So you want to get more fruits and vegetables into your diet but don’t have the time to eat that much of them.
Why not get them in juice form?
But before you can do that, there’s the one decision you may need to consider.
Juicing vs. Blending.
These are 2 of the best ways to extra the nutrients out of fruits and vegetables.
The problem is deciding between the two to see which one fits you, your lifestyle and what you’re looking to get out of juice extraction.
Juicing vs. Blending
To start off, we compare the 2 methods and explain how to do them as well as what kitchen appliances you’ll need to accomplish the job.
What is Juicing
Juicing, either manually or using specialized juice extractors, extracts juices from moist fruits and vegetables, leaving behind their fiber-rich pulp.
With juicing you discard the pulp, or most of it and only get the juice of the fruit or vegetable. This makes it easier to consume since all you need to do is drink the juice that’s extracted into your cup or glass.
However, one of the drawbacks of this process is that by leaving the pulp behind, you don’t get the benefits of the fiber that’s contained in the pulp.
To juice you’ll need a juicer…
Here, you can choose between the
- cheaper citrus juicer, or more expensive units like
- centrifugal juicers or
- masticating juicers.
- Citrus juicers are cheap, many within the $20 to $30 range. However, they only work for citrus fruits. For more versatile juicing you’ll need to use one of the other 2 types mentioned above, which are more expensive.
- If you’re starting out or looking for a more economical choice, go with centrifugal juicers. They better for the money, with $100 to $200 giving you an excellent machine. Centrifugal juicers work faster so you wait less for the juice to be extracted. However, they aren’t able to extract as much juice or nutrients as masticating juicers.
- Masticating juicers meanwhile, are more expensive, with many running around $300 to $400. In contrast to centrifugal juicers, these crush the fruits or vegetables to give you your juice. They’re much slower, which is one reason they’re also called slow juicers. But the different process and time allows you to yield more juice as well as nutrients from your foods.
What is Blending?
Blending meanwhile, is less elegant than juicing. Instead of trying to extract the juice from the fruit, vegetable or other foods, it blends everything together.
With this process, the blender chops and slices whatever you place in it. So you get all the pulp, skin as well as the fruit. If you leave the seeds in, it blends those too.
So there’s no discrimination here, anything you put into the blender’s jar, you get in return (just in a smoother consistency).
Because they go through everything you include, you get all the nutrients that’s in the fruit or vegetable.
When it comes to blending, all you need is a blender. This makes it easier compared to juicers.
However, with blenders there’s the issue of size and power.
Size is easy as you pick the one you need.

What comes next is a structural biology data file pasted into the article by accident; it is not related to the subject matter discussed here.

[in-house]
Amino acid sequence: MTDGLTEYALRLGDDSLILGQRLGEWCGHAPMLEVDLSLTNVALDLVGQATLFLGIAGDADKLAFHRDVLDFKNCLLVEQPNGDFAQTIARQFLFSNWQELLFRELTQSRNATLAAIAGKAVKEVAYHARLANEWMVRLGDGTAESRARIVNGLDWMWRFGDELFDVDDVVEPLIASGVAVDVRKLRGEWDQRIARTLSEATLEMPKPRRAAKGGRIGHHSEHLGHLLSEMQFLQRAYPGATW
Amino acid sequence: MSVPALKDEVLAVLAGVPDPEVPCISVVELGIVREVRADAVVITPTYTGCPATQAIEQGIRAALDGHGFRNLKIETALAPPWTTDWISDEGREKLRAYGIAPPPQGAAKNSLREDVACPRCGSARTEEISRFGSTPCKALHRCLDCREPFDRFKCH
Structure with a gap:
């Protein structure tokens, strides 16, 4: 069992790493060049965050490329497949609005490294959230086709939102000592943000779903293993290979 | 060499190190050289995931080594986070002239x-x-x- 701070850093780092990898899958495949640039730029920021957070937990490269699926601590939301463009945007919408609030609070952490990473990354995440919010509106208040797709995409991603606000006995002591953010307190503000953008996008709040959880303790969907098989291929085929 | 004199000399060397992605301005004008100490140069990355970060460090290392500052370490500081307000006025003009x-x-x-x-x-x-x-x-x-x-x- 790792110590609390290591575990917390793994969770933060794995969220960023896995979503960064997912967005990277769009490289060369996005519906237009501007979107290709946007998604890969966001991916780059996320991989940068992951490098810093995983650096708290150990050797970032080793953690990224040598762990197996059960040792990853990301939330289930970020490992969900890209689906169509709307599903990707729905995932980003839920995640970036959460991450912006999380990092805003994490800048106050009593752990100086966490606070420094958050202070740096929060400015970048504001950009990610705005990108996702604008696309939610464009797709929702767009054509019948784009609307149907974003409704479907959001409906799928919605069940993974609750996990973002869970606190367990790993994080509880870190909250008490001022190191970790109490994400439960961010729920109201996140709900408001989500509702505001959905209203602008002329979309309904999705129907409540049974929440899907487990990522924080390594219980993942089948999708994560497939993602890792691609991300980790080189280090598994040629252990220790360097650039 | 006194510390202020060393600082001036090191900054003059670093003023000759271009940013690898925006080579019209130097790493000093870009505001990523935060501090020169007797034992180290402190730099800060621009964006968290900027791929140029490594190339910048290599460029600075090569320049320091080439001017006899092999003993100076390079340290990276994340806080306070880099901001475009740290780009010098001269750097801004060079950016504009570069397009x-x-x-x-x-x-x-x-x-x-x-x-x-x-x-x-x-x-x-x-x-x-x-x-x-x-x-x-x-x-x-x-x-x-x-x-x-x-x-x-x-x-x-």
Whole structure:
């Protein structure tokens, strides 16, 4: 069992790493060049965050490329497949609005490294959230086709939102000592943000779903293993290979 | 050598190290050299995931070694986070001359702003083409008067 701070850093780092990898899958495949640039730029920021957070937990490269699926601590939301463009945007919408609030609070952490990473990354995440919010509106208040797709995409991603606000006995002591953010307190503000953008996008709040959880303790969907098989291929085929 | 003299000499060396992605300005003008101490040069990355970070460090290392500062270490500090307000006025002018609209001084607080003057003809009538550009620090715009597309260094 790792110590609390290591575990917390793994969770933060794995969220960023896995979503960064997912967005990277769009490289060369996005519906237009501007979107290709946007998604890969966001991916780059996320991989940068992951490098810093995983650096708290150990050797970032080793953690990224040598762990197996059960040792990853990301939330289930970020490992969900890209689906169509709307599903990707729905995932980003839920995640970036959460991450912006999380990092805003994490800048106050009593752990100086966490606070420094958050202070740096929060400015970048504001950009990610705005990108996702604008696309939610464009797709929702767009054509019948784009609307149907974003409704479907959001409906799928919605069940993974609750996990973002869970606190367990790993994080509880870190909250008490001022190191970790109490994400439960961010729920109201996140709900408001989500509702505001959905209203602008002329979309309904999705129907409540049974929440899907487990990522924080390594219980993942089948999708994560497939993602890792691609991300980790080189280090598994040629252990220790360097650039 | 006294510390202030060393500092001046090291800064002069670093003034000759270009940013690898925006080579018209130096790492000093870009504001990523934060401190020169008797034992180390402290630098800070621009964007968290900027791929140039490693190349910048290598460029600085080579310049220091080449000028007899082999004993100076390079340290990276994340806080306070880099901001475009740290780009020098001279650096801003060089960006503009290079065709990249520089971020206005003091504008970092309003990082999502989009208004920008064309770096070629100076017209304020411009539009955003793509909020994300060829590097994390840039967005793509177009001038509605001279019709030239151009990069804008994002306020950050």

- There are many personal sized blenders to make single serve smoothies with cups you can take on the go.
- For larger batches you’ll need to decide on how big a jar you need.
Then there’s the issue of power.
The more powerful your blender the faster it can do the job, as well as give you a smoother drink consistency. Stronger blenders also let you crush ice easily, are more durable and can handle frozen fruits as well as leafy greens that are fibrous.
The more powerful the motor, the more expensive the machine. Plus, often the louder the noise.
Blenders can range from the:
- Cheap $12 to $50 blender, which we don’t recommend for blending fruit or veggie smoothies, unless you’re talking about the personal sized ones.
- Mid priced blenders run from around $50 to $200. These are the sweet spot for most people. Those around the $100 price range offer value for money. At this price you get something that lets you crush ice, doesn’t wear out is a few months and can make frozen smoothies.
- The best ones are expensive ones. I guess that’s obvious. These can run anywhere from $200 to over $500. If you want something that is made to last, and will go through anything, look at Vitamix blenders. They’re expensive but are very efficient and can blend anything. Another option are Blendtec blenders.
Blenders liquefy whole fruits and vegetables. Unlike most juicers, they can also purée foods containing little to no juice, like banana, avocado, papaya, and leafy vegetables.
Why Juice or Blend?
Puréed fruit juices and green smoothies are beneficial to drink at any time of the day. They allow you to get the vitamins and minerals from fruits and vegetables much easier since it isn’t always easy to get enough through eating.
While drinking them anytime works, research suggests that drinking them on an empty stomach or promptly before eating maximizes nutrients absorbed in the body.
Do note that neither smoothies nor juices should supplant whole fruits and vegetables as a source of nutrition. They’re there to supplement them.
Benefits of Juicing